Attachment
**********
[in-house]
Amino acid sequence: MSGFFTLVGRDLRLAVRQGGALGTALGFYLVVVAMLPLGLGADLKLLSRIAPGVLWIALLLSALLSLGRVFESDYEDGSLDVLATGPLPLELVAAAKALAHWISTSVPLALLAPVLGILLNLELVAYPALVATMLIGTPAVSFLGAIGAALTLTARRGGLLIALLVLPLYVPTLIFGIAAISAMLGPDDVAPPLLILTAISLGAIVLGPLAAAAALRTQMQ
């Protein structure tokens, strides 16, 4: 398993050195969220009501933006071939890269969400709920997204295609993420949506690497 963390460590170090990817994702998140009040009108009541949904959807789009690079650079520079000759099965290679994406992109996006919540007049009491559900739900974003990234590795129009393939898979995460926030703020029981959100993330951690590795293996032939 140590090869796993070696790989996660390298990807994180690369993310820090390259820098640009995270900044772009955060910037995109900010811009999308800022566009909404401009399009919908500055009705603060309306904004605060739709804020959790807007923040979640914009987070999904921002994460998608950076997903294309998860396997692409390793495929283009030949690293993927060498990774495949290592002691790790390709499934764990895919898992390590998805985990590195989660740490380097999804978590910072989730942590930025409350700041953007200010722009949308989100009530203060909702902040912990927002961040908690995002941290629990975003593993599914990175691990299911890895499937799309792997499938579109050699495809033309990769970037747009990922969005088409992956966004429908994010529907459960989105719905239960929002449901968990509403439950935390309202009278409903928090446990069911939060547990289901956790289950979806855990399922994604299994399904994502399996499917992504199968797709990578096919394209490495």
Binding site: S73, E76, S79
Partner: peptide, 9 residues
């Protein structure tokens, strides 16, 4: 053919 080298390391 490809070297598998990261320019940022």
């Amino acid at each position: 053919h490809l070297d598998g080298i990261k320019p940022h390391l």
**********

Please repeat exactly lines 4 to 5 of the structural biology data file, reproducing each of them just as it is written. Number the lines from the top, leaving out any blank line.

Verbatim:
Binding site: S73, E76, S79
Partner: peptide, 9 residues